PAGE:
Ever since I moved to Europe, about eighteen months ago, I've been feeling my lack of nobility. Portrait galleries, stately houses, and magazines like Hello! and Paris Match constantly remind me of aristocracy's prominence in the Old World. People who have them say titles are mostly useful for getting a table at a crowded restaurant, but the rest of us know better. Lords and ladies appear on corporate boards and royal-wedding guest lists at a significantly higher rate than the general population. So although no one has yet turned to me at a party and asked, "Are you born?" when it happens I want to be able to say yes.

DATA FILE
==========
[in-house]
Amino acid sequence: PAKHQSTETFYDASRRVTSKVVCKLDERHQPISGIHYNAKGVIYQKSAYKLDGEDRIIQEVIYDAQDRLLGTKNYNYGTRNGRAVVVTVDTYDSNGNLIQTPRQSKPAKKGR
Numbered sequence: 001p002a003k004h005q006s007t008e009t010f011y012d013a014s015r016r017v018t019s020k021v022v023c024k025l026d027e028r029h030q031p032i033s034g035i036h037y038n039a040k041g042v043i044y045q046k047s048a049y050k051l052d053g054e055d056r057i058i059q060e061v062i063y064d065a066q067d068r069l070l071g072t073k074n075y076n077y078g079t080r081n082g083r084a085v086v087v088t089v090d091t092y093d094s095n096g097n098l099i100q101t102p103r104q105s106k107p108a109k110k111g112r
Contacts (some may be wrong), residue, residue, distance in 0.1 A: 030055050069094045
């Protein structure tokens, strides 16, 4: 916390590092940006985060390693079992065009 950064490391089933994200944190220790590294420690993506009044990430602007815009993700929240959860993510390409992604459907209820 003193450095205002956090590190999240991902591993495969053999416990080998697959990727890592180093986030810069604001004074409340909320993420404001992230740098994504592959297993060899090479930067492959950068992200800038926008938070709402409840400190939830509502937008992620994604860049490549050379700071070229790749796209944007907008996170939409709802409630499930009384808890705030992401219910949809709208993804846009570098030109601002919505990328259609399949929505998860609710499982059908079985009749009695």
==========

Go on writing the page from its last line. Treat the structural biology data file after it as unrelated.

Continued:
I can't literally change my origins, of course. But being an aristocrat isn't necessarily a matter of pedigree. Nor need I renounce my U.S. citizenship and spend decades distinguishing myself as the subject of some European monarch. I can acquire nobility the American way—by buying it.
Exchanging money for rank is actually a well-established European practice. As Hugh Thomas (Lord Thomas of Swynnerton) wrote in A History of the World (1979), "From the sixteenth century, it was usually possible for the successful merchant to buy a title or otherwise make his way into the aristocracy." Under Joseph II of Austria-Hungary "it cost 20,000 gelden to be a count, 6,000 to be a baron and 386 to be a 'von.'" A title acquired in this way might lack the cachet of one earned by battlefield victory or strategic marriage, but not even the haughtiest of the old guard could have denied its validity.